TL;DR? A shorter version of this post is published in the blog at Classoos.com.
‘Cowards die many times before their deaths’ is the opening of Nelson Mandela’s favourite passage from Shakespeare, an author who he loved, and used to quote from extensively. How do we know? Because he signed it in the margin of one of the few books circulated amongst the inmates during his 18 years on Robben Island. Thirty-two of his colleagues similarly annotated a textbook to indicate their own favourite extracts, and turning a cheap collection of the Complete Works into a powerful historical artefact.
Scholia are grammatical, critical, or explanatory comments, either original or borrowed from pre-existing commentaries, which are inserted on the margin of the manuscript of an ancient author, as glosses. My daughter, currently at work on a doctorate which involves studying ancient texts, tells me she often has to rely on such scholia. In some cases the original works referred to in the scholia have long since disappeared, and if it wasn’t for the marginal mentions we wouldn’t even know that these works had existed. So, the scholiasts piecing all this stuff together really are just living on the margins.
Clearly not every notation made in a textbook is a historical artefact, but nor are they all the acts of vandalism which many of us were brought up to believe. People have been writing stuff in the margins, often usefully, ever since other people had been writing stuff down. Medieval monks in the middle of transcriptions were prone to making their own additions to the literary works they were copying. Or in the margins of books their colleagues had carefully transcribed. The first example of ‘cut and paste’, spotted recently in a Florentine library, was made by a monk correcting a typo in such a manuscript.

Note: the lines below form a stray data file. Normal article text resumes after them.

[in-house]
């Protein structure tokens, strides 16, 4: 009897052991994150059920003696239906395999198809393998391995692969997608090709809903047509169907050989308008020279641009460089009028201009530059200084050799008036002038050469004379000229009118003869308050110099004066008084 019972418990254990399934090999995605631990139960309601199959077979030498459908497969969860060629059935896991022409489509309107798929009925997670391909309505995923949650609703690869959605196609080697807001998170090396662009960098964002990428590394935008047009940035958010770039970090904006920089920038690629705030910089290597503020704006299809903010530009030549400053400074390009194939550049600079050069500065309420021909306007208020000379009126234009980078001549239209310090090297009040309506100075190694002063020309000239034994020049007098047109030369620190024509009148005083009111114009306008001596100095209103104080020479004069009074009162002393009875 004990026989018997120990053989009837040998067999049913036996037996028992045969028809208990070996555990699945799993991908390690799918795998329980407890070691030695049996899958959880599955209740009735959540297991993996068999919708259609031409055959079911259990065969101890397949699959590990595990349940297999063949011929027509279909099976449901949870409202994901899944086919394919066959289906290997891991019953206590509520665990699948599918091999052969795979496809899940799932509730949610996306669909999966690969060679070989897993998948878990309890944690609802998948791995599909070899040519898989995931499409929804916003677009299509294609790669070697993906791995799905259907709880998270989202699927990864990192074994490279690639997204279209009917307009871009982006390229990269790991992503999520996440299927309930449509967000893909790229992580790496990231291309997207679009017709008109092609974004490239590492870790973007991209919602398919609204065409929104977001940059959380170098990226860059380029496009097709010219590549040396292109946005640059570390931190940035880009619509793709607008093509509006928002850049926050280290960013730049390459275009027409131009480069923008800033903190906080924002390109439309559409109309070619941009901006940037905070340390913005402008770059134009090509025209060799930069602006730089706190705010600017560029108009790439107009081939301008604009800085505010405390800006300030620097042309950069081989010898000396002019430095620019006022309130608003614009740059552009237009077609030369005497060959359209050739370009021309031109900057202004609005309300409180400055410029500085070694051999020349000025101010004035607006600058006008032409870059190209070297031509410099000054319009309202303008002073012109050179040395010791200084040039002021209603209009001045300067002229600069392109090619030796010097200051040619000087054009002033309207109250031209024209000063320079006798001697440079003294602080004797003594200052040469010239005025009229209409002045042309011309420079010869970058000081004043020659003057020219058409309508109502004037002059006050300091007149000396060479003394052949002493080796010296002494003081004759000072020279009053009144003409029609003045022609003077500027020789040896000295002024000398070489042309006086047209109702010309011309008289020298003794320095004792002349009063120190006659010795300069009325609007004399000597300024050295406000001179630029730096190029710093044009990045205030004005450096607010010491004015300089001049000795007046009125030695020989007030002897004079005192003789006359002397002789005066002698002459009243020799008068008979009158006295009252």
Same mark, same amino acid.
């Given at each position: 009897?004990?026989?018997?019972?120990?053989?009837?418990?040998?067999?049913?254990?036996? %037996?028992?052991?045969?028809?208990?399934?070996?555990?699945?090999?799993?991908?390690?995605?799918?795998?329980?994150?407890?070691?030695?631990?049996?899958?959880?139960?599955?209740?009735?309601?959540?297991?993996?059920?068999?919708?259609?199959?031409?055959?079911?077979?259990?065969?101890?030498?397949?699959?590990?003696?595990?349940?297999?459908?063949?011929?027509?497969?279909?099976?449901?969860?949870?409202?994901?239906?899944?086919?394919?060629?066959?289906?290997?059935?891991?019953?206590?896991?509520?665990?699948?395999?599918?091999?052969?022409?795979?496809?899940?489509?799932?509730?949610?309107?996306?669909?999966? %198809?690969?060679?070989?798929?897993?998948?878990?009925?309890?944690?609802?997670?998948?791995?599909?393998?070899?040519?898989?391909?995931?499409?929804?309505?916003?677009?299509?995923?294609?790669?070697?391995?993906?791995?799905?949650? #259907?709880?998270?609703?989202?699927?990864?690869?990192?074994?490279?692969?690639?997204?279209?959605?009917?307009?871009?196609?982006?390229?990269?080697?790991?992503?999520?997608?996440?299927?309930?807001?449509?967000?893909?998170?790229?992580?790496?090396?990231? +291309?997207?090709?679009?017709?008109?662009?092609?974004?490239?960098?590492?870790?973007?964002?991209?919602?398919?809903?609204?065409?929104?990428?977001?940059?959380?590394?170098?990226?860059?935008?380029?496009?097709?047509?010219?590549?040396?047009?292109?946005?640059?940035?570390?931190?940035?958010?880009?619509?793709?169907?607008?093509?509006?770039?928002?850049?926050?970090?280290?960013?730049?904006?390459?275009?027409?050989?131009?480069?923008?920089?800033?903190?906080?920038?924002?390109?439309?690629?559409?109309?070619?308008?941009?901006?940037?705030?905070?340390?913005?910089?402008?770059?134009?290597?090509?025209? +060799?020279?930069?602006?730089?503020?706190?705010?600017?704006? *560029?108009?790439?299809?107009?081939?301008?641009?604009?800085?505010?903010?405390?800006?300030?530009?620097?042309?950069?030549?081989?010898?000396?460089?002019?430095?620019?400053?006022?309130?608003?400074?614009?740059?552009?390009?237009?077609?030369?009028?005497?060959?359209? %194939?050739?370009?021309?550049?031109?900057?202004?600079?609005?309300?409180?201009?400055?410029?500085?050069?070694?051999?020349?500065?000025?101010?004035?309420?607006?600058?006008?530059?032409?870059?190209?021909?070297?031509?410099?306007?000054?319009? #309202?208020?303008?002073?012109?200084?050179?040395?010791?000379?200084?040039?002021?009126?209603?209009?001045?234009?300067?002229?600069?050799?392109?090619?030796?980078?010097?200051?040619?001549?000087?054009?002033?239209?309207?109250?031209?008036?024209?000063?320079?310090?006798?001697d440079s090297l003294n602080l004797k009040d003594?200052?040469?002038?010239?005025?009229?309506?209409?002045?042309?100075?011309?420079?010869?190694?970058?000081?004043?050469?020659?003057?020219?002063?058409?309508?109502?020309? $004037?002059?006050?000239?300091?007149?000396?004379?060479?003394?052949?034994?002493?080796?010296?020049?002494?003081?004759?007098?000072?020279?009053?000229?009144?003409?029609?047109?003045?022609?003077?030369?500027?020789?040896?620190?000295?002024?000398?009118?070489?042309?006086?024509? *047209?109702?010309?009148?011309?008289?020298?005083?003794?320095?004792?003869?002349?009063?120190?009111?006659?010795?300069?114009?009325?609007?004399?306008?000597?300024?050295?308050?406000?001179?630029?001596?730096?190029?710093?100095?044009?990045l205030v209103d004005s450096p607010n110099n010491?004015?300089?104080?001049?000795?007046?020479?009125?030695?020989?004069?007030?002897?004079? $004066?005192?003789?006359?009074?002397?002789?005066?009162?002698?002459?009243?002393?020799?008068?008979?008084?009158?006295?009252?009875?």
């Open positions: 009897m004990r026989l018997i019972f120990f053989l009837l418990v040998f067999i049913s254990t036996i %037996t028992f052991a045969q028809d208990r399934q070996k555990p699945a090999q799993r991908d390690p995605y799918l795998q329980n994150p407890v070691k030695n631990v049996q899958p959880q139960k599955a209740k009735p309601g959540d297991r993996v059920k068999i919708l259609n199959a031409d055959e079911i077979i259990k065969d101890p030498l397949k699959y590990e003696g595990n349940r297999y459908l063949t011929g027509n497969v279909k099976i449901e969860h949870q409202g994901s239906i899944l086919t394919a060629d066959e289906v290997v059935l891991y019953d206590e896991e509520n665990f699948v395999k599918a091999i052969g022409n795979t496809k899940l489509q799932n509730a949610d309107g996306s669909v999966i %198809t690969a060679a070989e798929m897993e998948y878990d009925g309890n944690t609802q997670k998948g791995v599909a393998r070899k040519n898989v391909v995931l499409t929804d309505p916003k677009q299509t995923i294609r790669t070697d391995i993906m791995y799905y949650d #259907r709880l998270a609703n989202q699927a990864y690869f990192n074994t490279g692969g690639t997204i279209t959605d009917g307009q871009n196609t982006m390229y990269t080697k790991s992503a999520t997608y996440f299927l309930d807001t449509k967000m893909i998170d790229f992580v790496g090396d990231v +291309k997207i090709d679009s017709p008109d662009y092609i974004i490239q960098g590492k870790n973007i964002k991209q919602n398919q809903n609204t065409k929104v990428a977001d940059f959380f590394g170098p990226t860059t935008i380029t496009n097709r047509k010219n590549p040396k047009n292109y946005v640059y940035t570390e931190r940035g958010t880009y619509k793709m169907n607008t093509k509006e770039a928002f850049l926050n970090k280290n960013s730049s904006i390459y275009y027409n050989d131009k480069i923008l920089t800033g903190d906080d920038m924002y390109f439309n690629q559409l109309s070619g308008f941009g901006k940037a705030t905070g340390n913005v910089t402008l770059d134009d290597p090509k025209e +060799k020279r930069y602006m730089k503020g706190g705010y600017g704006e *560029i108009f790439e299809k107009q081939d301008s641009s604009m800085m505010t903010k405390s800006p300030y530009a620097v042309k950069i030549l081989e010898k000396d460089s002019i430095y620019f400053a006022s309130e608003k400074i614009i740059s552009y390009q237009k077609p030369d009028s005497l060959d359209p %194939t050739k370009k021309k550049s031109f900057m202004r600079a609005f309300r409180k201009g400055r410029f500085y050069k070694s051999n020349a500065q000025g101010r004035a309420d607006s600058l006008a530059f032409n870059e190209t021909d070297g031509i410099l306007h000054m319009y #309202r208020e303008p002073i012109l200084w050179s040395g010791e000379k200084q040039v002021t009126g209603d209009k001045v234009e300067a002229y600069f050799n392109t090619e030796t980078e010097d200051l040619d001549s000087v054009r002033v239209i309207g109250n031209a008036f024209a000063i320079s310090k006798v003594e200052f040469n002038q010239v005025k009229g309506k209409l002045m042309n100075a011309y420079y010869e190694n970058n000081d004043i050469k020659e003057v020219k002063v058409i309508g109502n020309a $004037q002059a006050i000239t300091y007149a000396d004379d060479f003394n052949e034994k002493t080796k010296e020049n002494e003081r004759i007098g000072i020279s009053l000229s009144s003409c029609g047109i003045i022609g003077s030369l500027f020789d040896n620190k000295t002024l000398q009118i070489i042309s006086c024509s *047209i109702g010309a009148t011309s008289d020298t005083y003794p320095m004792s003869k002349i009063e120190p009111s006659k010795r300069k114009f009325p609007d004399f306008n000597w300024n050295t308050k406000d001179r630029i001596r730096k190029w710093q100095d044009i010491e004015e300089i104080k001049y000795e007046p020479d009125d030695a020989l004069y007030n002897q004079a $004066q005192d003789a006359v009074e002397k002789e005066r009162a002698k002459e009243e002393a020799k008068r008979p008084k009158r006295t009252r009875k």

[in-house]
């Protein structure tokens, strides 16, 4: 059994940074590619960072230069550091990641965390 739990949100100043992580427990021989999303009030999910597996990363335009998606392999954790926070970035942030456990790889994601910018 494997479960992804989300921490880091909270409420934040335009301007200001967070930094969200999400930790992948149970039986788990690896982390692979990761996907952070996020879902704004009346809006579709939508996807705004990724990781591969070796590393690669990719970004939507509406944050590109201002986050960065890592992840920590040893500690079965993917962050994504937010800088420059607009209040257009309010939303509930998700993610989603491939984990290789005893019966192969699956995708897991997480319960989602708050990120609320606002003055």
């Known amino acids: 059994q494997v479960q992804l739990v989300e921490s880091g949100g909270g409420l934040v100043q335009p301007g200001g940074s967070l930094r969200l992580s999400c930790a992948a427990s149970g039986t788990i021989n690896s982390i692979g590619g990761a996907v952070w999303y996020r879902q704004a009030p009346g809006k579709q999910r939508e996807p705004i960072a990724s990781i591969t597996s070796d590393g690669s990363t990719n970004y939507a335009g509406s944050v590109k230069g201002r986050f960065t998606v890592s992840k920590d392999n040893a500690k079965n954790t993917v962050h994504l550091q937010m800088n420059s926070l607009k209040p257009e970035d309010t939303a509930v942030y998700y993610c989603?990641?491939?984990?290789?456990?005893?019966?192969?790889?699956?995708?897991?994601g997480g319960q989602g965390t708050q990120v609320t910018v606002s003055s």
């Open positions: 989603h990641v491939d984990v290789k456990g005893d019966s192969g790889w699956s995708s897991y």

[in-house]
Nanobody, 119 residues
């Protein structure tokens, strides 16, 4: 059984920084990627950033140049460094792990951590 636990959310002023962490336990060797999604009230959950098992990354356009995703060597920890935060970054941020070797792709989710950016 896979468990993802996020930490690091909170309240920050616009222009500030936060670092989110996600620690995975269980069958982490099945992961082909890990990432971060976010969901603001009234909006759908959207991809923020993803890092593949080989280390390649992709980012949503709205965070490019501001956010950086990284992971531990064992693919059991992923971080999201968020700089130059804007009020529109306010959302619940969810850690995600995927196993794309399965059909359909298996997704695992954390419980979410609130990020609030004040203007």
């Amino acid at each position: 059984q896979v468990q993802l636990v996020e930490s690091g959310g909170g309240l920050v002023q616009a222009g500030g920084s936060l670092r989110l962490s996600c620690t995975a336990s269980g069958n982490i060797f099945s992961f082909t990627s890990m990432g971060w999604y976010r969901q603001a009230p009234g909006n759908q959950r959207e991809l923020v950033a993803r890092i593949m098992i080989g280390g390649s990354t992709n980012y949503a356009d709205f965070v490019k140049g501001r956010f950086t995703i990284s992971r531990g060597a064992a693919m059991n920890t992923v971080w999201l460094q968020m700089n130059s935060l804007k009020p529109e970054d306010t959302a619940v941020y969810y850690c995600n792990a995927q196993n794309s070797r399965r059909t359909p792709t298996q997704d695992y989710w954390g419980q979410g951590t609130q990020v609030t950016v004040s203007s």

Samuel Taylor Coleridge coined the term ‘marginalia’ to describe useful additions that a reader might make to the books authored by others. And many other authors have valued the margin as a place where the reader may make their own contributions. In 1844, Edgar Allan Poe said, “In getting my books I have always been solicitous of an ample margin; this is not so much through any love of the thing in itself, however agreeable, as for the facility it affords me of pencilling in suggested thoughts, agreements, and differences of opinion, or brief critical comments in general. Marking a book is literally an experience of your differences or agreements with the author. It is the highest respect you can pay him.”
Not that Mark Twain was showing ‘the highest respect’ to John Dryden’s translation of Plutarch from Greek into English, when he added his own pithy comment about the ‘rotten English’. Mark Twain was another author who loved to annotate the books in his possession, and his many additions have now become an online library project, where all his marginalia, additions and underlinings are carefully catalogued. (https://www.nytimes.com/interactive/projects/documents/twain-books).
So the use of ample margin space by the reader to add their own comments has a long and honourable tradition – just not in schools. And it can be found in all kinds of texts – Francis Bacon was another creative with a love of adding his own scientific ideas to a good wide margin as he went along.